So you’re Apple, and you’re looking at the iPad as the device that’s going to revolutionize reading. You’ve got book apps that you love like The Elements, but there just aren’t very many of them. On the other side of the spectrum, you’ve got a whole lot of books in the iBookstore, but they’re all essentially flat files of text—in other words, they’re not very compelling. They certainly don’t show off the unique power of the iPad.
What’s the barrier to having more stuff like The Elements, rather than plain-text books that might as well be on a Kindle? Development costs. If the desktop-publishing revolution had required every newspaper, magazine, and book publisher to write their own computer software in order to lay out pages, that revolution wouldn't have happened—and yet that’s been the situation when it comes to iPad media apps. What drove that revolution was the creation of relatively cheap, readily available tools that let publishers take advantage of their institutional strengths (design, writing, editing, photography, graphics) while eliminating a huge technical barrier.
I’ve already told you that it’s incredibly hard and expensive to build iOS apps. The current state of affairs in the ebook-building world is not much better. Some print-oriented tools such as Adobe InDesign have been retrofitted to output to ebook format, but the quality of that output is not great. A few writing apps (Pages and Scrivener, to name two) will export to ePub, but their output is also a bit limited and a bit generic. And then there are the open-source tools, such as Sigil, which combine functionality with godawful user interfaces.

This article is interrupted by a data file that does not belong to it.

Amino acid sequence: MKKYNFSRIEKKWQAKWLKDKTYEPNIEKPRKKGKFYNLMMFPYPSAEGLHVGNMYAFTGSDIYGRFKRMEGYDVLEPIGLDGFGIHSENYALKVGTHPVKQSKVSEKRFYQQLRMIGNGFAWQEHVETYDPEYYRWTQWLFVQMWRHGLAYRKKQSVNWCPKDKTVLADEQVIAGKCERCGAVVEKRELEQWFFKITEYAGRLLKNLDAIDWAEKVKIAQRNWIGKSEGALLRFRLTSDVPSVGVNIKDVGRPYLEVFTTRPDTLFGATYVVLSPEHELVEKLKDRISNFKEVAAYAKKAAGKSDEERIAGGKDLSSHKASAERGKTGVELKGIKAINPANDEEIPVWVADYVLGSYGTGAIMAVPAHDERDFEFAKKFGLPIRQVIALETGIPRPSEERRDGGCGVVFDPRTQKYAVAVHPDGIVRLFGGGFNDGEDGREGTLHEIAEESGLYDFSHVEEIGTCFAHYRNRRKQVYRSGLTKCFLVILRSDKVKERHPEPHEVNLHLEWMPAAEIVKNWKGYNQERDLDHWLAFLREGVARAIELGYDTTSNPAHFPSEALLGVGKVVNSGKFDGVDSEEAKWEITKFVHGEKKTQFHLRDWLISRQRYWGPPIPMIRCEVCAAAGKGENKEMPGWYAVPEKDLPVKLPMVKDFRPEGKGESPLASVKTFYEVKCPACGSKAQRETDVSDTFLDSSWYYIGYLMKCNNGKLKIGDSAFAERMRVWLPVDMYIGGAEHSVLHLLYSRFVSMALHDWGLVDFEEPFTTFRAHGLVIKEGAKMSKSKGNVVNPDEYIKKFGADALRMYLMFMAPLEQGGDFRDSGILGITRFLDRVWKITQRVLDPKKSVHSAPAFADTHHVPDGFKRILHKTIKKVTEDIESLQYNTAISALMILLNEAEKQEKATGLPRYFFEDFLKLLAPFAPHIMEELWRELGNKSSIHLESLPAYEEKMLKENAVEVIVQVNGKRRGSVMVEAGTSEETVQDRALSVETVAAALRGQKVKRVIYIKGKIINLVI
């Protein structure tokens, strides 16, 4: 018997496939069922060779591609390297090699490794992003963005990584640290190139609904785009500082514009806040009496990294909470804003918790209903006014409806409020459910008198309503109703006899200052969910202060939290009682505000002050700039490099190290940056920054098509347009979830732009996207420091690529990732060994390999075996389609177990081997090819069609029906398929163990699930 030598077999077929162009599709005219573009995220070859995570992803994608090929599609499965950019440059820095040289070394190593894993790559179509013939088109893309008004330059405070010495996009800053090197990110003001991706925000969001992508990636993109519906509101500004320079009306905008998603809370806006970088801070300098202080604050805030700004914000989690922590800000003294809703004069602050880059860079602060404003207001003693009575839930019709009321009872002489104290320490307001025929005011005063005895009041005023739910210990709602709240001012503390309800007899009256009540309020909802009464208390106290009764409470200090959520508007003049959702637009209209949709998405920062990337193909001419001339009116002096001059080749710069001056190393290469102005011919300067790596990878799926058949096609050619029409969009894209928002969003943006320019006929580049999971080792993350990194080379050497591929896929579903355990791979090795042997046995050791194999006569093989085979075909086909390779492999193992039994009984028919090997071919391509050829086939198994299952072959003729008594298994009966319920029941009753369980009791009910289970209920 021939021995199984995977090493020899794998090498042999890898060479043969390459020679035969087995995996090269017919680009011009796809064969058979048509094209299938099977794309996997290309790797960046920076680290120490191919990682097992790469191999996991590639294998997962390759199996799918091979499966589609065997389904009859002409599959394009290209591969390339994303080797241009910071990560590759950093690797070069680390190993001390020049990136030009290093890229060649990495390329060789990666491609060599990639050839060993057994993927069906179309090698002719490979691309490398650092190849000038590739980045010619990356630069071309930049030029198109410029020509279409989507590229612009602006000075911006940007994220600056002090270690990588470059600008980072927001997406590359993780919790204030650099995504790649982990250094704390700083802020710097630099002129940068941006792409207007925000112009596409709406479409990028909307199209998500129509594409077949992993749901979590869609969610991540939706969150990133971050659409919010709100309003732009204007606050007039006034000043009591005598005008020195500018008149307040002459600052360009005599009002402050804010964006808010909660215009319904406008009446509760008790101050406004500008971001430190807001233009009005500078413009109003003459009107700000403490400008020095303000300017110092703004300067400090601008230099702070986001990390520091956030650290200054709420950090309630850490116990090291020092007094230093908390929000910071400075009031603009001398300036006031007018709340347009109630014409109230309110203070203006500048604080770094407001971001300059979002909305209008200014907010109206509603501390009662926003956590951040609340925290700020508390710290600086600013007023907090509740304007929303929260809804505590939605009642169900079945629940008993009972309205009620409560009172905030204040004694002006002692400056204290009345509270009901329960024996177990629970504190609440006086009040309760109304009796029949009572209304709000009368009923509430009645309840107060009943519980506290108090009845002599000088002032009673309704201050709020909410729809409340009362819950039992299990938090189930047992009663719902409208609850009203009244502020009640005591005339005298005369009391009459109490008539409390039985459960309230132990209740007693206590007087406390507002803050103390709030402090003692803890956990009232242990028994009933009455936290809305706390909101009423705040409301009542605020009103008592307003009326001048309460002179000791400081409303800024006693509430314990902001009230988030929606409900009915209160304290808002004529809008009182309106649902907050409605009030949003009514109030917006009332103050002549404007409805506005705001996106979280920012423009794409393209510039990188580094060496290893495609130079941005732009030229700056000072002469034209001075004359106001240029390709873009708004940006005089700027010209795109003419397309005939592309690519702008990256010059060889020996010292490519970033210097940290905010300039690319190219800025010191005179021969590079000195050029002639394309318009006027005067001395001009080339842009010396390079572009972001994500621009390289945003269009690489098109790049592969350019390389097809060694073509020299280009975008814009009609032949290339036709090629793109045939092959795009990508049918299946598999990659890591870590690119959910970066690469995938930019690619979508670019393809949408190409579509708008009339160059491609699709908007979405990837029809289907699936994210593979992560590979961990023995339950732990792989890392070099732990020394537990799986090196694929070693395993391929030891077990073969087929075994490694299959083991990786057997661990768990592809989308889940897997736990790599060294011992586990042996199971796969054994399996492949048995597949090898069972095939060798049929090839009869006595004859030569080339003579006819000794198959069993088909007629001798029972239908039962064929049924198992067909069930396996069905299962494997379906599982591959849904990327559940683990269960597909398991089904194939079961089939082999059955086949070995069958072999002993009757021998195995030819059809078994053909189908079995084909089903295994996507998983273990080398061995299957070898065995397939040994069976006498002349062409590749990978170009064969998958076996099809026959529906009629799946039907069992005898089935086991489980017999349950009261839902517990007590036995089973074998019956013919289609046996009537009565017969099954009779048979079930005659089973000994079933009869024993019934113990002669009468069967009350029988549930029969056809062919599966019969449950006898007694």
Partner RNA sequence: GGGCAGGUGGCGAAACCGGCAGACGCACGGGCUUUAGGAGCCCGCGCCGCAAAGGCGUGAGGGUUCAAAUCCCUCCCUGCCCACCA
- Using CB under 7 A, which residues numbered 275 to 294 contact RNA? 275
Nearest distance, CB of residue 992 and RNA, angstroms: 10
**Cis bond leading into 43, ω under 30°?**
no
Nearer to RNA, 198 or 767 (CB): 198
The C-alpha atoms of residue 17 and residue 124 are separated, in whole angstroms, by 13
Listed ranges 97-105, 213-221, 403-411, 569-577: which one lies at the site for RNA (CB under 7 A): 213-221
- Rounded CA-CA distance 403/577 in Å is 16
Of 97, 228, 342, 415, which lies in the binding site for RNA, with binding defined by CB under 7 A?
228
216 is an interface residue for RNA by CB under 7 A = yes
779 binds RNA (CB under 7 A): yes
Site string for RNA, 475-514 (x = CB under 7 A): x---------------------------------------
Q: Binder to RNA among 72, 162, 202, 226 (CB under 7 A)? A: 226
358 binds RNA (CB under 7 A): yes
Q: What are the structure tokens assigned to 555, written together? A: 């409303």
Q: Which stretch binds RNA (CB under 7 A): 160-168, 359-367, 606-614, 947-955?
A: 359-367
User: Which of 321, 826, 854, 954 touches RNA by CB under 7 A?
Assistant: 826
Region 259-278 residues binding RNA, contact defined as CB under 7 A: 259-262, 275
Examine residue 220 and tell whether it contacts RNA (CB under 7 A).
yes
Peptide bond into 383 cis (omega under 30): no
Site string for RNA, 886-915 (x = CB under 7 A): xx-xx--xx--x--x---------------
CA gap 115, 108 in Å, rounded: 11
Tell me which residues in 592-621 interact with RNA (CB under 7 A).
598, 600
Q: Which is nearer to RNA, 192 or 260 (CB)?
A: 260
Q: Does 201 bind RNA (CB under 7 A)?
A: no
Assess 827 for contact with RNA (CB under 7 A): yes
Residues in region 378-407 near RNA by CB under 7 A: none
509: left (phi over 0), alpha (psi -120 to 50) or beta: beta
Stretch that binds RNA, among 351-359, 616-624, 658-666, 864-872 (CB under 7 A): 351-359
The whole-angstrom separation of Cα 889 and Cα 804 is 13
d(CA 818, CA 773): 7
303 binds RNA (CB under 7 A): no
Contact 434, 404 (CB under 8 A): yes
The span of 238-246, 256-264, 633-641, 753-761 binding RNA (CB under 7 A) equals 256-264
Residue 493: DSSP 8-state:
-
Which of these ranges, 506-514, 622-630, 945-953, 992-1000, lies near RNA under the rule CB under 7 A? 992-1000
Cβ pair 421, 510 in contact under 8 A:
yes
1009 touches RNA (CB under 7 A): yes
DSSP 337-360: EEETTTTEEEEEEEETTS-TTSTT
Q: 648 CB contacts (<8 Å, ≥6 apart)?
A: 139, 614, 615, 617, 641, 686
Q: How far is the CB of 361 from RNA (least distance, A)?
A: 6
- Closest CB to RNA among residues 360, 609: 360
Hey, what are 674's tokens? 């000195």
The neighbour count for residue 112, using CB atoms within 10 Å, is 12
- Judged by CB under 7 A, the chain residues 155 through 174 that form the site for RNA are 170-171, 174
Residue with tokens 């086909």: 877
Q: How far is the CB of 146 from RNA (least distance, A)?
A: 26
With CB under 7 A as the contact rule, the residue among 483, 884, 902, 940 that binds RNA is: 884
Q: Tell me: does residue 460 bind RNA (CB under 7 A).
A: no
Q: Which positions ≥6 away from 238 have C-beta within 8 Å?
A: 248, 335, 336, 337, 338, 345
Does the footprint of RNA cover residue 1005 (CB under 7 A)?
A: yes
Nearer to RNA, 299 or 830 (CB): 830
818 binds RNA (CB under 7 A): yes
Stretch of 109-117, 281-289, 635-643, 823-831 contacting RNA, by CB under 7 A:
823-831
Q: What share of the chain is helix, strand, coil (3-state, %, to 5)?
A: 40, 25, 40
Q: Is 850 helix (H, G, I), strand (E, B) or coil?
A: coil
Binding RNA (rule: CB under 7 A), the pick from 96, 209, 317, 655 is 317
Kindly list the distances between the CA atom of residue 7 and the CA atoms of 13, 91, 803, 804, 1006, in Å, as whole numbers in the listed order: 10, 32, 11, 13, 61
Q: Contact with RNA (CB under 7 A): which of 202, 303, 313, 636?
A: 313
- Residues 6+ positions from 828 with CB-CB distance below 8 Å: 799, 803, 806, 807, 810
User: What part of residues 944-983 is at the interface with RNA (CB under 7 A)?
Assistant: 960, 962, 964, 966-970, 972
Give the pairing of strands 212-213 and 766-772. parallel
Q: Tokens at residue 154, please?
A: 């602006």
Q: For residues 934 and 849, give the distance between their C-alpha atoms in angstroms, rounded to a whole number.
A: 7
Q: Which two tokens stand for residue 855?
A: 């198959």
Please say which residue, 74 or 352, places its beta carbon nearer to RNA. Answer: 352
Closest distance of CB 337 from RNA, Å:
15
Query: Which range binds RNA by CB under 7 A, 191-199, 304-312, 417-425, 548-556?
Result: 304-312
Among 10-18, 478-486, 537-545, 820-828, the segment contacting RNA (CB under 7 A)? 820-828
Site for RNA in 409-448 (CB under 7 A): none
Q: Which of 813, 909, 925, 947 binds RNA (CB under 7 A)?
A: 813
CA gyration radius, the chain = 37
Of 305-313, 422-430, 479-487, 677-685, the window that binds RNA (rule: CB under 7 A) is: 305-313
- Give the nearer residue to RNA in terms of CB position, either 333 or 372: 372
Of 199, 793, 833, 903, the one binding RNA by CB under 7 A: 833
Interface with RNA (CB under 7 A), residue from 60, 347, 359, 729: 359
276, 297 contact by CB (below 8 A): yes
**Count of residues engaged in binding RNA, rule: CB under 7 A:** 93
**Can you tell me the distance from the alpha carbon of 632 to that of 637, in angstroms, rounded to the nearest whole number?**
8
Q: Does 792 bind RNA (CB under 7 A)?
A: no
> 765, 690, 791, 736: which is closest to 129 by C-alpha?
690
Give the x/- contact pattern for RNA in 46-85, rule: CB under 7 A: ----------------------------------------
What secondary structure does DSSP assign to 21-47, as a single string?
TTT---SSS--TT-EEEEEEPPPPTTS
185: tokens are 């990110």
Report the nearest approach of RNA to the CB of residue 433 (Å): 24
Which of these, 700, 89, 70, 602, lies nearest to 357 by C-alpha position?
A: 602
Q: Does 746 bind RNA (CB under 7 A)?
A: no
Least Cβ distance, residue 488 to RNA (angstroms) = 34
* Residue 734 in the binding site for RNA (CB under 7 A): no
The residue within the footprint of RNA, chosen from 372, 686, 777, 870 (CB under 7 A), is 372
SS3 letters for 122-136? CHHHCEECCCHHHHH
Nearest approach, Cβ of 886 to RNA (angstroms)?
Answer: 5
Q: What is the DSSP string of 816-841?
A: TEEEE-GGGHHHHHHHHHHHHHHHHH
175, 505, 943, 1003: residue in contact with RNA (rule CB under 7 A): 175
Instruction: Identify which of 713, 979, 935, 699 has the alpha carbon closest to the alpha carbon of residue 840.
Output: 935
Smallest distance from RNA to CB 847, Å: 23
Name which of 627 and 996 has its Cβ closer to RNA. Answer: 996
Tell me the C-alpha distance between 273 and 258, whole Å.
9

The ebook world was ripe for a tool that would let publishers create snazzy ebooks, ones that would knock your socks off like The Elements or Al Gore’s Our Choice—all without the technical barrier of app development. And with iBooks Author, that tool now exists. (And the fact that it can only create books that are compatible with iBooks 2 for iPad strengthens the iPad’s case as the home for all the richest interactive books around... while frustrating publishers who will now have to use an entirely different tool in order to create these books versus the more generic books they’ll presumably keep selling elsewhere.)
What iBooks Author isn’t